Friday, February 23, 2007

1491: New Revelations of the Americas Before Columbus

1491: New Revelations of the Americas Before Columbus was well worth my time. Charles C. Mann doesn't set out to show that current anthropology and archaeology are wrong. Rather, he sets out to show that like almost everything else, it has ceased to be black and white (which it once seemed to be - answers were cast in stone, and only the finer points were argued) and become many shades of gray. New theories are everywhere in archaeology, from the number of individuals inhabiting the new world - Florida coasts thick with fires and villages, likewise the Amazon, once thought virtually uninhabitable - to the number of natives killed off by European disease before the Europeans ever arrived in number (maybe even 98-99%), to questions about the land bridge and when immigration actually happened, and by what route, to the genetic engineering of crops and the complete terraforming of the land, to the level of sophistication and extent of the cities. 1491 addresses many of the new frontiers in the archaeology of the new world and how these changes in the perception of new world history affect archaeologists, native americans, and conservationists. And Mann puts forward numerous examples of convincing incidents to back up these new theories - mounds made of millions and millions of pottery shards, charred soil still giving added agricultural production in the Amazon today, linked islands of growth, and birth and death patterns post contact as disease spread from coast to coast on both continents until it bottlenecked in Panama.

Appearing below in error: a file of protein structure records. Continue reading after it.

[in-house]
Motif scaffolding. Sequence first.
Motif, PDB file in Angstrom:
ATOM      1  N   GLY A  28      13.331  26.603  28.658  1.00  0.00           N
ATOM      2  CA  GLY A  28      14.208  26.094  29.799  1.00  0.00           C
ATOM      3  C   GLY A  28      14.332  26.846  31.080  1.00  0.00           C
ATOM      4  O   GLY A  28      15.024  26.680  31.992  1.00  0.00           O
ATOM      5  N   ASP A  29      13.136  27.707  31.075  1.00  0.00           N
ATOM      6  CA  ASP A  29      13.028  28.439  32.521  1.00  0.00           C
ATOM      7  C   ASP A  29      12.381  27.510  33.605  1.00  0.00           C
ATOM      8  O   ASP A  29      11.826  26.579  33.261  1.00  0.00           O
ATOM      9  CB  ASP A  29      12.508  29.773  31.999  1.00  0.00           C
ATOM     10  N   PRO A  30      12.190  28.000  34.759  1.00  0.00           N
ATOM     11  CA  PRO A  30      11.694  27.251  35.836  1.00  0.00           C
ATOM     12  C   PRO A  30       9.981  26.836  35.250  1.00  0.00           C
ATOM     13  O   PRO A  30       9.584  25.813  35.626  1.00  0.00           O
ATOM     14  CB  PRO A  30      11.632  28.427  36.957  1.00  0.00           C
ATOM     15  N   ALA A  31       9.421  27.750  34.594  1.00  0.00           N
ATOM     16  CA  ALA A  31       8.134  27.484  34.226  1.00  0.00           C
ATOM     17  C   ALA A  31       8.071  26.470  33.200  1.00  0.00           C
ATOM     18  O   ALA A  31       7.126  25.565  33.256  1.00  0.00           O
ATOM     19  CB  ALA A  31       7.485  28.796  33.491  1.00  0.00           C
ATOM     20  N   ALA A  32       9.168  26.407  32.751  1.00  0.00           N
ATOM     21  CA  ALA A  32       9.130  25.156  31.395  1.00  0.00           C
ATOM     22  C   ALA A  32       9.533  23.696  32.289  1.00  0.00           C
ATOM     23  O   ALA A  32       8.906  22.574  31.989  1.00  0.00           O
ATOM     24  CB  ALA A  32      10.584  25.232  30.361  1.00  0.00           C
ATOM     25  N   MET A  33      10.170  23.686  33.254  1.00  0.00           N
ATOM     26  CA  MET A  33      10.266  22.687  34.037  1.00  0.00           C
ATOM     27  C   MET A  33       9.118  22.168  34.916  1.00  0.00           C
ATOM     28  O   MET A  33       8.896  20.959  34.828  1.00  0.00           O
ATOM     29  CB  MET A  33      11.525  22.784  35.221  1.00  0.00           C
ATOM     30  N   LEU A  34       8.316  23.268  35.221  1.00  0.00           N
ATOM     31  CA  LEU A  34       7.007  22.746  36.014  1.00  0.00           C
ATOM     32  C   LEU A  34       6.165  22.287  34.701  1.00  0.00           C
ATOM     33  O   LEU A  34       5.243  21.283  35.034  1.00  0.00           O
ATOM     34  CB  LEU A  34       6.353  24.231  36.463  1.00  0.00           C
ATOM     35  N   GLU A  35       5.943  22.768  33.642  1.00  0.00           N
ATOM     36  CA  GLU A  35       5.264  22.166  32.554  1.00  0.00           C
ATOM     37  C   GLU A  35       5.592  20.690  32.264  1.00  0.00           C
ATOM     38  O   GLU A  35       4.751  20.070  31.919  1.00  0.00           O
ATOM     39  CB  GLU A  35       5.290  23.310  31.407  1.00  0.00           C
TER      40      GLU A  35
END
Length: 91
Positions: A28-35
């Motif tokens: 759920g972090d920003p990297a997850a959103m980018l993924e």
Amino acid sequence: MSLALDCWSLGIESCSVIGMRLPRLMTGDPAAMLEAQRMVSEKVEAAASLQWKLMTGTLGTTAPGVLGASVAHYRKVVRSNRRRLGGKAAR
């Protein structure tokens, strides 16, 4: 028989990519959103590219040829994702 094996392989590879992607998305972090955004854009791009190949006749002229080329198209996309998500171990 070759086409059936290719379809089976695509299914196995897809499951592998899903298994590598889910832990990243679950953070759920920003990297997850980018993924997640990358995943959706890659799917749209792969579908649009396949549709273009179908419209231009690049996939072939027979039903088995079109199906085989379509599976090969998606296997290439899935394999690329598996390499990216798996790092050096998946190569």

The Wikipedia article is fairly in depth if you're interested, but not willing to commit to 350 pages.

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